BLITZER: And then she went to visit troops in Germany as well.

Alex Castellanos, based on what you know -- and you are a Republican strategist -- did they do a good job vetting this governor?

ALEX CASTELLANOS, REPUBLICAN CONSULTANT: The campaign says it did a good job vetting the governor, that it asked the right questions. And they've vetted quite a few candidates. So, you have to take them at their word on that.

But now, you know, we need this convention differently than we did before. This was an opportunity for Republicans to go out there and draw differences with the Democrats and for the McCain people to sharpen their message. Now they need this convention to introduce Sarah Palin, because she's being introduced very differently than they had hoped.

So, you know, the camp -- she is the point guard, really, now, of the McCain message -- hey, we're going to change Washington. This is the change -- the reform team. And that's what they were hoping to do.

And the problem with this is this is noise. This distracts. This clouds that message. And I think the Republicans are going to need a successful week here.

BLITZER: Alex and James, I want both of you to listen to what Senator Obama said earlier today when he was asked about the reports -- the confirmation from Sarah Palin that her 17-year-old daughter is pregnant.

And here's the exchange that Senator Obama had reporters earlier.


SEN. BARACK OBAMA (D), PRESUMPTIVE NOMINEE: I've heard some of the news on this. And so let me be as clear as possible. I have said before and I will repeat again, I think people's families are off limits and people's children are especially off limits. This shouldn't be part of our politics. It has no relevance to Governor Palin's performance as a governor or her potential performance as a vice president.

And so I would strongly urge people to back off these kinds of stories.

You know, my mother had me when she was 18. And, you know, how a family deals with issues and, you know, teenage children, that shouldn't be the topic of our politics. And I hope that anybody who is supporting me understands that's off limits, all right?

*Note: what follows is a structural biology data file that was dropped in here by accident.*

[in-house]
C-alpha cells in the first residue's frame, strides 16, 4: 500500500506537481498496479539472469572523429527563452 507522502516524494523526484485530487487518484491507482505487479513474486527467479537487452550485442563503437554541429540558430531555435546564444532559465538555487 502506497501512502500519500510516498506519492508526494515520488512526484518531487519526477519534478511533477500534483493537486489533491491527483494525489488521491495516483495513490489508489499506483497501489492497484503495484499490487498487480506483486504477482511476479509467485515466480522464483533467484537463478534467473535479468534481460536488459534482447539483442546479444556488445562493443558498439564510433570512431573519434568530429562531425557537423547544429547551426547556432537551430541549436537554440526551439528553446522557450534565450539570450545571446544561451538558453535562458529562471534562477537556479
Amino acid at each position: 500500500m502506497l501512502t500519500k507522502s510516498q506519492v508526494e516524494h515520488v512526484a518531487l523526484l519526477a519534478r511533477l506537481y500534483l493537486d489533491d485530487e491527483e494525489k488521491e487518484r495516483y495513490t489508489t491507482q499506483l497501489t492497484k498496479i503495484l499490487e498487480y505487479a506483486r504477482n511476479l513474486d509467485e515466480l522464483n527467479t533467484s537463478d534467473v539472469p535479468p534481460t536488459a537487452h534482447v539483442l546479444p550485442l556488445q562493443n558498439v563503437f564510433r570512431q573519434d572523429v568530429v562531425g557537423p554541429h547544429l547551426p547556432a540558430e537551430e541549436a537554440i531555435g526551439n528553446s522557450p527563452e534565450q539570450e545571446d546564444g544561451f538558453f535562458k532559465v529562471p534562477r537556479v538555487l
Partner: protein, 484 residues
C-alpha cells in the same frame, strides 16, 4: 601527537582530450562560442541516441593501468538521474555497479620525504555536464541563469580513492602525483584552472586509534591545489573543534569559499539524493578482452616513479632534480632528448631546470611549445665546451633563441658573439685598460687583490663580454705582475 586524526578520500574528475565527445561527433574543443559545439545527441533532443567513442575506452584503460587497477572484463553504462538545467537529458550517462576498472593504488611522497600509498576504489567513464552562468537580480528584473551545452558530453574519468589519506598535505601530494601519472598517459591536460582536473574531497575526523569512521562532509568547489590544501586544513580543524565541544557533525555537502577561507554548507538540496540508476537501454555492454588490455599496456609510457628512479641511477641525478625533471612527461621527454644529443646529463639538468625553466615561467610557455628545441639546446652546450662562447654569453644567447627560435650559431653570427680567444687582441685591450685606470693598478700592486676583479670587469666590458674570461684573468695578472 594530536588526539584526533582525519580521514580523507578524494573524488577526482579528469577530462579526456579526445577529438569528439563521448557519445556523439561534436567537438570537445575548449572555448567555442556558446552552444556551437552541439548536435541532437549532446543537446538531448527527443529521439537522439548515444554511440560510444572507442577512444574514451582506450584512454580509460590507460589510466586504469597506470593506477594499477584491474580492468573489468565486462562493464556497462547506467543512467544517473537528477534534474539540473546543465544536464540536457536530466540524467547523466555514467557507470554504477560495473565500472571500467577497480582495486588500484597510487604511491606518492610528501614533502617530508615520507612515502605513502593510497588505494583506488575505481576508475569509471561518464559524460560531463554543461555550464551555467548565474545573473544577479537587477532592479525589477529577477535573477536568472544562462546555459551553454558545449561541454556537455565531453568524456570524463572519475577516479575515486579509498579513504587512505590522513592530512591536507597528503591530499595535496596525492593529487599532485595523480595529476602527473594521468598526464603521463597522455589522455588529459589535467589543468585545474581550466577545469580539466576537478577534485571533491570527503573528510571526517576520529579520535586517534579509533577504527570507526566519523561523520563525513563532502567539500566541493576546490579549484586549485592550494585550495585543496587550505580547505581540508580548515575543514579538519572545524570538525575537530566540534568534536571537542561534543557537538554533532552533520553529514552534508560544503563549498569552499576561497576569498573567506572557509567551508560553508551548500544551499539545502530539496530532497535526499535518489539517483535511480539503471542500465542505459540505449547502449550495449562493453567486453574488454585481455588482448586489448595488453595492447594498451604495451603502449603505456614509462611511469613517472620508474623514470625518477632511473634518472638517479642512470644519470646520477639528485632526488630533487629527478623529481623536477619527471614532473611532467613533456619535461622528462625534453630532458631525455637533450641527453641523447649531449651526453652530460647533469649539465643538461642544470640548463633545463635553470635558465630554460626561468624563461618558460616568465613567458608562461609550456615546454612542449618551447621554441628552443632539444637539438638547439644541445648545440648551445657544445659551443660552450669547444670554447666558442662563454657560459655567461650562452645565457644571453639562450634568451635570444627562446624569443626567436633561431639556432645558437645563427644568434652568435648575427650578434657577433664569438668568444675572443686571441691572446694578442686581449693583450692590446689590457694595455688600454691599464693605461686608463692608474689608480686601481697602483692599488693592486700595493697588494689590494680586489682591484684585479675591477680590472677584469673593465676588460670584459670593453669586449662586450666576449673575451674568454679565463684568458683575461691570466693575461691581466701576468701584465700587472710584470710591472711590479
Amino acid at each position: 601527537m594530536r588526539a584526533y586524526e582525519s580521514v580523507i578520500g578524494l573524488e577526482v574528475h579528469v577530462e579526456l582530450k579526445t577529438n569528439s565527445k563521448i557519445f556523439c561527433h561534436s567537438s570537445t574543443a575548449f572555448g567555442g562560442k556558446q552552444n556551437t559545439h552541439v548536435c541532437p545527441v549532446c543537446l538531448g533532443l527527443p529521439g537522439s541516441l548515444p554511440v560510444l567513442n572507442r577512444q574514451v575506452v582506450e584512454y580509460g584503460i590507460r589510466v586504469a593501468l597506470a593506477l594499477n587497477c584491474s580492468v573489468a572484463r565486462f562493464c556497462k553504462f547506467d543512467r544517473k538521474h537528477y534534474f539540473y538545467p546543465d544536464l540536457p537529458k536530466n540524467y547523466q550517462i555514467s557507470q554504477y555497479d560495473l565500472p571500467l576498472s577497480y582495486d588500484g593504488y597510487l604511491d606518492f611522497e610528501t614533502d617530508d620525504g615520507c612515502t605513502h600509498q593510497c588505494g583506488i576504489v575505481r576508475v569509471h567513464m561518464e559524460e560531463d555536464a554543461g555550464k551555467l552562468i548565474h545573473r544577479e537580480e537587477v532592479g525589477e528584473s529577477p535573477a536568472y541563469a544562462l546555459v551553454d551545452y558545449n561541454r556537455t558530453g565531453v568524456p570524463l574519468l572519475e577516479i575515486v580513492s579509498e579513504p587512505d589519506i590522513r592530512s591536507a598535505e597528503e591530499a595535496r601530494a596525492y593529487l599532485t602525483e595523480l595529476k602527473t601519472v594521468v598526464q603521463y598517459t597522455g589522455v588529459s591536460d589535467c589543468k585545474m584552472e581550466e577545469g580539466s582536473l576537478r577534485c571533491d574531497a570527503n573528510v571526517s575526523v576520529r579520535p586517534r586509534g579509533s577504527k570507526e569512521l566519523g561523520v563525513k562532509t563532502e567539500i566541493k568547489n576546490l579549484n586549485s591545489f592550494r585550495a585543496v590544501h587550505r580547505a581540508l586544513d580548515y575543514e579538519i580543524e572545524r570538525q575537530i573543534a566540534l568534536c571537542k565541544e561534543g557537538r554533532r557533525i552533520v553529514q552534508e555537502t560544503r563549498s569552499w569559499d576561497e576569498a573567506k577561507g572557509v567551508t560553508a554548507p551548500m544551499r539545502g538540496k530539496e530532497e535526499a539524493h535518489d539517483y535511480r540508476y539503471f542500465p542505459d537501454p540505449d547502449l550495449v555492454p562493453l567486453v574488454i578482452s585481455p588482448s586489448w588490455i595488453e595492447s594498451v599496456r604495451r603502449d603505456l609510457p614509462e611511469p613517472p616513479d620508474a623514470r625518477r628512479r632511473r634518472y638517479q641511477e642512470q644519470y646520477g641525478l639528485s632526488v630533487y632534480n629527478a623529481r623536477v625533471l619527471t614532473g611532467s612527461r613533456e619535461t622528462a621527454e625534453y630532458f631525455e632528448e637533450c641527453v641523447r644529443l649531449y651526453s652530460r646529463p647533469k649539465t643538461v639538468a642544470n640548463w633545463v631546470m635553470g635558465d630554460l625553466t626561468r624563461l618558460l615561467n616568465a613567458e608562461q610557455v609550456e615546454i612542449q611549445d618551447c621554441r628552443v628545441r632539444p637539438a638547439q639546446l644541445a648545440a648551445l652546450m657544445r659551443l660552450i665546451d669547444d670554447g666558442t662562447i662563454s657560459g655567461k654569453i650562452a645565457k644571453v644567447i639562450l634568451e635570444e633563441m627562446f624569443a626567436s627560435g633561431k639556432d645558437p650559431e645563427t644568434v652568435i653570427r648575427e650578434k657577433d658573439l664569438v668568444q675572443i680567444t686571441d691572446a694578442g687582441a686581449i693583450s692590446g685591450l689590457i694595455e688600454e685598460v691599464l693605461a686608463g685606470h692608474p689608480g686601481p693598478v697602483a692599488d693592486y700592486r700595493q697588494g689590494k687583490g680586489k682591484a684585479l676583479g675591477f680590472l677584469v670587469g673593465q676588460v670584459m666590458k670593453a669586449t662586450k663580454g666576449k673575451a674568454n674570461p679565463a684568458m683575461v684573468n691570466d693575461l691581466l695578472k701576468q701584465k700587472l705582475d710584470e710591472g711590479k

QUESTION: Senator Obama?

OBAMA: Sure.

QUESTION: An unnamed McCain adviser is quoted on Reuters as saying: "The despicable rumors have been spread by liberal blogs, some even with Barack Obama's name in them."

Have you issued...

OBAMA: You know what...

QUESTION: Have you issued any directive to your...

OBAMA: I am offended by that statement. There is no evidence at all that any of this involved us. I hope I'm as clear as I can be. So in case I'm not, let me repeat. We don't go after people's families. We don't get them involved in the politics. It's not appropriate and it's not relevant.

Our people were not involved in any way in this and they will not be. And if I ever thought that there was somebody in my campaign that was involved in something like that, they would be fired.


BLITZER: All right, James, what he was referring to -- and you've been listening and watching these on these liberal blogs for the past two days -- the insinuation that Sarah Palin and Todd Palin's 4-month- old son Trig really isn't their son, but is really their grandson and that she was covering up their daughter having had the baby. We now know that the daughter, Bristol, is five months pregnant. The baby was born in April. So that story is obviously false.

But you saw Senator Obama clearly passionate in responding to those insinuations, those rumors, the allegations and making his point crystal clear.